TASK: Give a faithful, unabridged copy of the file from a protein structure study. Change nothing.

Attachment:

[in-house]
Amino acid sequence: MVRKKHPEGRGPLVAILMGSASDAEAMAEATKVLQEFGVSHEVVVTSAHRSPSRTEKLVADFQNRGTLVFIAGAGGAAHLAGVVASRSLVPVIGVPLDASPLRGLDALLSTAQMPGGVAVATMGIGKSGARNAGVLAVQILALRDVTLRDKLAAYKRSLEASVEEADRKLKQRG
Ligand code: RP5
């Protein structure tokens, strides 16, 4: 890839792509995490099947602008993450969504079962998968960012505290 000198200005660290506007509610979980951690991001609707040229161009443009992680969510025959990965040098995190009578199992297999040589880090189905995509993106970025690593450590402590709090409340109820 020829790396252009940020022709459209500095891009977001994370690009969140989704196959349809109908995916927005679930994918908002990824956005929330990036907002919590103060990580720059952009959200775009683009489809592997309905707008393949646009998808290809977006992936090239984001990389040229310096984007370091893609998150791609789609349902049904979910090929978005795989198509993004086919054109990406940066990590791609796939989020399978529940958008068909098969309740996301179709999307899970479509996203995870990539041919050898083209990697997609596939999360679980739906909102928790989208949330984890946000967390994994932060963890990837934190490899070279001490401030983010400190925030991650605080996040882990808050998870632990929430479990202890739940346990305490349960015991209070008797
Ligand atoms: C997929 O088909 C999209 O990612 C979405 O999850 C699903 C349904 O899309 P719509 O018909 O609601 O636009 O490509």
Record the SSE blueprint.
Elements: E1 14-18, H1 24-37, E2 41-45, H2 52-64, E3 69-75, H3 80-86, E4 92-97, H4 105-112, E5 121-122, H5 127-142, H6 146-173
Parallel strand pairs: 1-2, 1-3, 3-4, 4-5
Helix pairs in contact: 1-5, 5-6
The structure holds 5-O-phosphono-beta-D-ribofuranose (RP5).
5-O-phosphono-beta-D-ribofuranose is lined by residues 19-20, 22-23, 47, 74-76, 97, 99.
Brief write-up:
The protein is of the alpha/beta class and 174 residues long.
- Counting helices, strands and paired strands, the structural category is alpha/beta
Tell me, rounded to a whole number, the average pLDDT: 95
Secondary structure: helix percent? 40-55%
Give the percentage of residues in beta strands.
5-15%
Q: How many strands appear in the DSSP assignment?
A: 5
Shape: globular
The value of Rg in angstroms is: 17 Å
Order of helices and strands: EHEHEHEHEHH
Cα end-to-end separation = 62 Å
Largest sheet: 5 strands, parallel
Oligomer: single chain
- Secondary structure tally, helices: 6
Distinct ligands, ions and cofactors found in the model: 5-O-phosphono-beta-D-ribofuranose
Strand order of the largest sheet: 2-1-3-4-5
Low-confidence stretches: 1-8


[in-house]
Amino acid sequence: MVRKKHPEGRGPLVAILMGSASDAEAMAEATKVLQEFGVSHEVVVTSAHRSPSRTEKLVADFQNRGTLVFIAGAGGAAHLAGVVASRSLVPVIGVPLDASPLRGLDALLSTAQMPGGVAVATMGIGKSGARNAGVLAVQILALRDVTLRDKLAAYKRSLEASVEEADRKLKQRG
Ligand code: RP5
């Protein structure tokens, strides 16, 4: 890839792509995490099947602008993450969504079962998968960012505290 000198200005660290506007509610979980951690991001609707040229161009443009992680969510025959990965040098995190009578199992297999040589880090189905995509993106970025690593450590402590709090409340109820 020829790396252009940020022709459209500095891009977001994370690009969140989704196959349809109908995916927005679930994918908002990824956005929330990036907002919590103060990580720059952009959200775009683009489809592997309905707008393949646009998808290809977006992936090239984001990389040229310096984007370091893609998150791609789609349902049904979910090929978005795989198509993004086919054109990406940066990590791609796939989020399978529940958008068909098969309740996301179709999307899970479509996203995870990539041919050898083209990697997609596939999360679980739906909102928790989208949330984890946000967390994994932060963890990837934190490899070279001490401030983010400190925030991650605080996040882990808050998870632990929430479990202890739940346990305490349960015991209070008797
Ligand atoms: C997929 O088909 C999209 O990612 C979405 O999850 C699903 C349904 O899309 P719509 O018909 O609601 O636009 O490509």
Record the SSE blueprint.
Elements: E1 14-18, H1 24-37, E2 41-45, H2 52-64, E3 69-75, H3 80-86, E4 92-97, H4 105-112, E5 121-122, H5 127-142, H6 146-173
Parallel strand pairs: 1-2, 1-3, 3-4, 4-5
Helix pairs in contact: 1-5, 5-6
The structure holds 5-O-phosphono-beta-D-ribofuranose (RP5).
5-O-phosphono-beta-D-ribofuranose is lined by residues 19-20, 22-23, 47, 74-76, 97, 99.
Brief write-up:
The protein is of the alpha/beta class and 174 residues long.
- Counting helices, strands and paired strands, the structural category is alpha/beta
Tell me, rounded to a whole number, the average pLDDT: 95
Secondary structure: helix percent? 40-55%
Give the percentage of residues in beta strands.
5-15%
Q: How many strands appear in the DSSP assignment?
A: 5
Shape: globular
The value of Rg in angstroms is: 17 Å
Order of helices and strands: EHEHEHEHEHH
Cα end-to-end separation = 62 Å
Largest sheet: 5 strands, parallel
Oligomer: single chain
- Secondary structure tally, helices: 6
Distinct ligands, ions and cofactors found in the model: 5-O-phosphono-beta-D-ribofuranose
Strand order of the largest sheet: 2-1-3-4-5
Low-confidence stretches: 1-8